Immune system: Weiner sues Lunsford for prosecutorial misconduct

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Then-Commonwealth’s Attorney Denise Lunsford talks with reporters outside of the Albemarle Circuit Court after Mark Weiner’s sentencing was delayed in July 2014. Mark Weiner exits the Albemarle-Charlottesville Regional Jail in July 2015 after he spent more than two years in jail for a crime he says never took place.
Staff photo Then-Commonwealth’s Attorney Denise Lunsford talks with reporters outside of the Albemarle Circuit Court after Mark Weiner’s sentencing was delayed in July 2014. Mark Weiner exits the Albemarle-Charlottesville Regional Jail in July 2015 after he spent more than two years in jail for a crime he says never took place. Staff photo

The man who was convicted of abduction with intent to defile and who spent two-and-a-half years in jail before the alleged victim’s story fell apart filed suit July 14 against the former commonwealth’s attorney who prosecuted him.

Mark Weiner, now living in Maryland, filed a civil lawsuit in federal court July 14—exactly two years after the day he was released from jail—against Albemarle County, the commonwealth’s attorney office and Denise Lunsford.

In December 2012, former Food Lion manager Weiner offered a ride to then-20-year-old Chelsea Steiniger, whose boyfriend had refused to let her spend the night. Steiniger claimed that Weiner put a cloth over her face with a mysterious agent that rendered her unconscious, used her phone to send taunting texts to her beau, and that she awakened in an abandoned house on Richmond Road, where she grabbed her phone, leaped off a second floor deck and escaped.

After Weiner was convicted in May 2013, his lawyer complained that Lunsford prevented him from entering exculpatory cell tower records that showed Steiniger was likely at her mother’s house.

The case became a national story and was a major factor in Lunsford’s unsuccessful bid for a third term in the November 2015 election, when Republican Robert Tracci unseated her.

Weiner’s civil attorney, Barton Keyes, is a member of a wrongful conviction practice in Columbus, Ohio.

Despite the formidable immunity Lunsford had as prosecutor, Keyes says, “We think in this case, the circumstances will let us hold her accountable.”

The complaint did not specify monetary damages but Keyes says, “Mark spent over two years in prison. We’re talking substantial damages.”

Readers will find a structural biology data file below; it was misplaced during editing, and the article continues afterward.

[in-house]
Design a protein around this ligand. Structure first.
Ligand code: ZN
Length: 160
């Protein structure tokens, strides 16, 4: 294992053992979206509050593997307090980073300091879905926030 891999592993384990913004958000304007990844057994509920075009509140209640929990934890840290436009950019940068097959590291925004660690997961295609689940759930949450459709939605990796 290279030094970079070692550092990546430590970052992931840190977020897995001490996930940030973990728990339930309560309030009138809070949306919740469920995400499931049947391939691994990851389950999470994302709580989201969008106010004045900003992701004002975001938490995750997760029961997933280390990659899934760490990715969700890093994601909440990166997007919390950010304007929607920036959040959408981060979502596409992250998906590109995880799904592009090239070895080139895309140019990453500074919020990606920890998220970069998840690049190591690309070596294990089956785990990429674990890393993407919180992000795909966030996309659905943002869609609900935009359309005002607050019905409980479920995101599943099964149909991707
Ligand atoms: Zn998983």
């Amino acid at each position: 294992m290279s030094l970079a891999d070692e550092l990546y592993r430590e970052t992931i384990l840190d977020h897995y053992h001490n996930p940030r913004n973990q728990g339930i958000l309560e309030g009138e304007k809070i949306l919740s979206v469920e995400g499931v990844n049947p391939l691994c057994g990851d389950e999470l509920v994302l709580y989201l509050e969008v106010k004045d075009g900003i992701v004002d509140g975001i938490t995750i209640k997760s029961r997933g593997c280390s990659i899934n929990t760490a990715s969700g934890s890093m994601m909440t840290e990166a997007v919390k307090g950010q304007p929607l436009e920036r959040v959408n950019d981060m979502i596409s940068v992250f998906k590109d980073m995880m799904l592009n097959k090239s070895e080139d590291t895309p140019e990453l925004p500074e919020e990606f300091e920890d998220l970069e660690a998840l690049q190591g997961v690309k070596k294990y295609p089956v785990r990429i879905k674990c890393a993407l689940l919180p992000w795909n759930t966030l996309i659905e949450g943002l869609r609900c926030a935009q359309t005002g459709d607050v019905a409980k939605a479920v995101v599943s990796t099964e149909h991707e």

Lunsford sent a statement through her Richmond McGuireWoods attorney and says she conducted her duties as commonwealth’s attorney “diligently, ethically, and to the best of my abilities.” She says she’s proud of her service in protecting the interests of justice and safety in the community. “As a private citizen now, I intend to defend my personal and professional reputation in court, and not in the press,” says Lunsford.

Tracci issued his own statement: “Because the office I serve is named in this suit, I will reply to its merits when appropriate and in due course. Without speaking to the merits of this suit, my personal views concerning the handling of the Mark Weiner case are widely known and a matter of crystal clear record.”

Experts say prosecutorial immunity will be a tough hurdle for Weiner to overcome.

“The main legal obstacle to holding prosecutors accountable for misconduct that leads to wrongful convictions is that they have absolute immunity for civil damages for their lawyering in the courtroom,” says UVA Law’s Brandon Garrett. It’s even harder to know if prosecutors concealed evidence of innocence “because in states like Virginia, they need turn over so little of what is in their files,” he adds.

Steve Rosenfield was an attorney in one of the few successful civil suits waged in a wrongful conviction, in which his client, Earl Washington Jr., came within nine days of execution. Rosenfield says Weiner “is on solid footing morally. Legally, he’s likely to run into serious barriers.”

Deirdre Enright heads UVA’s Innocence Project Clinic, and three years ago she said Weiner’s case “had all the earmarks of a bad case because it didn’t make sense.”

Immunity makes prosecutors and police “Teflon to meaningful consequences,” even though their misconduct is a leading cause of wrongful convictions, she says. “The average citizen will pay a fine for a broken taillight, but most prosecutors won’t pay a dime for their role in wrongfully convicting someone, however nefarious their conduct.”

Keyes says Lunsford proceeded to prosecute “despite clear evidence that contradicted [Steiniger’s] story. Most egregious, he says, was that it appears “the prosecutor was thinking her sole role was to secure a conviction when in reality a prosecutor’s job is to secure justice.”

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